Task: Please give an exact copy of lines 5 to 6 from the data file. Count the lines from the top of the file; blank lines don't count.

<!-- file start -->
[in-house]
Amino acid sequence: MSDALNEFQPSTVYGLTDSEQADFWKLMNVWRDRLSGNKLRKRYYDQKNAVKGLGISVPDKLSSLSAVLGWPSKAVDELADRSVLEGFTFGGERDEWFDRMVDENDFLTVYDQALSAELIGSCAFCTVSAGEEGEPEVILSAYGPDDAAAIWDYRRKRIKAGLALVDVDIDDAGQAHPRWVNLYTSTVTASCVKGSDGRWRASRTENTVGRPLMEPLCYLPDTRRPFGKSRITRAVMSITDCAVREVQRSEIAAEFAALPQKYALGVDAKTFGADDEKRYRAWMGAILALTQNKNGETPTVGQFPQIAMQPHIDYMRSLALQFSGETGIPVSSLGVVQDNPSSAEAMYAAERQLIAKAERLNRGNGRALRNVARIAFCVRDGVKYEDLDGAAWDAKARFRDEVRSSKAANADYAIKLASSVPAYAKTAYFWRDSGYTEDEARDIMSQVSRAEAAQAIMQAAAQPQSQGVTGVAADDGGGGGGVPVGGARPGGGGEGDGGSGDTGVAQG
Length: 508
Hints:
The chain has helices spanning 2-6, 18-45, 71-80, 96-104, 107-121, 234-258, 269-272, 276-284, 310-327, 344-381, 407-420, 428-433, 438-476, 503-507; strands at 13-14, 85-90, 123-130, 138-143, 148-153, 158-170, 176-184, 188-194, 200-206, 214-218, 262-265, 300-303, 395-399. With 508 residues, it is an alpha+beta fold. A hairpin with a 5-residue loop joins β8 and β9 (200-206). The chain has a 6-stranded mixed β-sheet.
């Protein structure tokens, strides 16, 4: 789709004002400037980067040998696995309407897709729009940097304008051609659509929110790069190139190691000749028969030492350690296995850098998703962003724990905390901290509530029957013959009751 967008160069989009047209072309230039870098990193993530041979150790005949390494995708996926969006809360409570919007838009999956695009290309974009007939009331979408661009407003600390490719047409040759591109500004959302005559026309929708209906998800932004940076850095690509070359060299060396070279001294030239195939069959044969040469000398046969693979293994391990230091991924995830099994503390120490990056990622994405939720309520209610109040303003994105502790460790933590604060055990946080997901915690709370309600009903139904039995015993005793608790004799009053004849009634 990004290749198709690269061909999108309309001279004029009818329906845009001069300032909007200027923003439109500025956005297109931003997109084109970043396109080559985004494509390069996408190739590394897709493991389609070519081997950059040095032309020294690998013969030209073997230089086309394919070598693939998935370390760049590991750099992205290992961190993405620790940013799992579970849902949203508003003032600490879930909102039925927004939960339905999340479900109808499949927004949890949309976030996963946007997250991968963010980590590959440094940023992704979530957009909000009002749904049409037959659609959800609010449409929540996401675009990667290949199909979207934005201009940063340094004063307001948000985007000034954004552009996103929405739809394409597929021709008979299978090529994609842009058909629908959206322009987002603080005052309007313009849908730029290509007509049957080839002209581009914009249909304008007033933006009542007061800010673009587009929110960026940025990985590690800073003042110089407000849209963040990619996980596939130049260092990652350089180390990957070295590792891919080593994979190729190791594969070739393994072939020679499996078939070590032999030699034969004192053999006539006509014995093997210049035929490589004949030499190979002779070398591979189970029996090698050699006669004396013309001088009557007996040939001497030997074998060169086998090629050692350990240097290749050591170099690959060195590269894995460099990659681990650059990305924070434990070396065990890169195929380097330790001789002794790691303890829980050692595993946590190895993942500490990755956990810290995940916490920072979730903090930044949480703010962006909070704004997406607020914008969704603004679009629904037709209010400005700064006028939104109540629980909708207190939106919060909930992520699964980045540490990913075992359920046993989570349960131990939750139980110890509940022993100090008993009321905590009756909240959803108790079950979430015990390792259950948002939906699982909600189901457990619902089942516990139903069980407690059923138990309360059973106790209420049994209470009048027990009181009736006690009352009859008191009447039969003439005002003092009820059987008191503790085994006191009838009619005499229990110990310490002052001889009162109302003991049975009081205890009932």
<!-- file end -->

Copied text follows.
The chain has helices spanning 2-6, 18-45, 71-80, 96-104, 107-121, 234-258, 269-272, 276-284, 310-327, 344-381, 407-420, 428-433, 438-476, 503-507; strands at 13-14, 85-90, 123-130, 138-143, 148-153, 158-170, 176-184, 188-194, 200-206, 214-218, 262-265, 300-303, 395-399. With 508 residues, it is an alpha+beta fold. A hairpin with a 5-residue loop joins β8 and β9 (200-206). The chain has a 6-stranded mixed β-sheet.
């Protein structure tokens, strides 16, 4: 789709004002400037980067040998696995309407897709729009940097304008051609659509929110790069190139190691000749028969030492350690296995850098998703962003724990905390901290509530029957013959009751 967008160069989009047209072309230039870098990193993530041979150790005949390494995708996926969006809360409570919007838009999956695009290309974009007939009331979408661009407003600390490719047409040759591109500004959302005559026309929708209906998800932004940076850095690509070359060299060396070279001294030239195939069959044969040469000398046969693979293994391990230091991924995830099994503390120490990056990622994405939720309520209610109040303003994105502790460790933590604060055990946080997901915690709370309600009903139904039995015993005793608790004799009053004849009634 990004290749198709690269061909999108309309001279004029009818329906845009001069300032909007200027923003439109500025956005297109931003997109084109970043396109080559985004494509390069996408190739590394897709493991389609070519081997950059040095032309020294690998013969030209073997230089086309394919070598693939998935370390760049590991750099992205290992961190993405620790940013799992579970849902949203508003003032600490879930909102039925927004939960339905999340479900109808499949927004949890949309976030996963946007997250991968963010980590590959440094940023992704979530957009909000009002749904049409037959659609959800609010449409929540996401675009990667290949199909979207934005201009940063340094004063307001948000985007000034954004552009996103929405739809394409597929021709008979299978090529994609842009058909629908959206322009987002603080005052309007313009849908730029290509007509049957080839002209581009914009249909304008007033933006009542007061800010673009587009929110960026940025990985590690800073003042110089407000849209963040990619996980596939130049260092990652350089180390990957070295590792891919080593994979190729190791594969070739393994072939020679499996078939070590032999030699034969004192053999006539006509014995093997210049035929490589004949030499190979002779070398591979189970029996090698050699006669004396013309001088009557007996040939001497030997074998060169086998090629050692350990240097290749050591170099690959060195590269894995460099990659681990650059990305924070434990070396065990890169195929380097330790001789002794790691303890829980050692595993946590190895993942500490990755956990810290995940916490920072979730903090930044949480703010962006909070704004997406607020914008969704603004679009629904037709209010400005700064006028939104109540629980909708207190939106919060909930992520699964980045540490990913075992359920046993989570349960131990939750139980110890509940022993100090008993009321905590009756909240959803108790079950979430015990390792259950948002939906699982909600189901457990619902089942516990139903069980407690059923138990309360059973106790209420049994209470009048027990009181009736006690009352009859008191009447039969003439005002003092009820059987008191503790085994006191009838009619005499229990110990310490002052001889009162109302003991049975009081205890009932």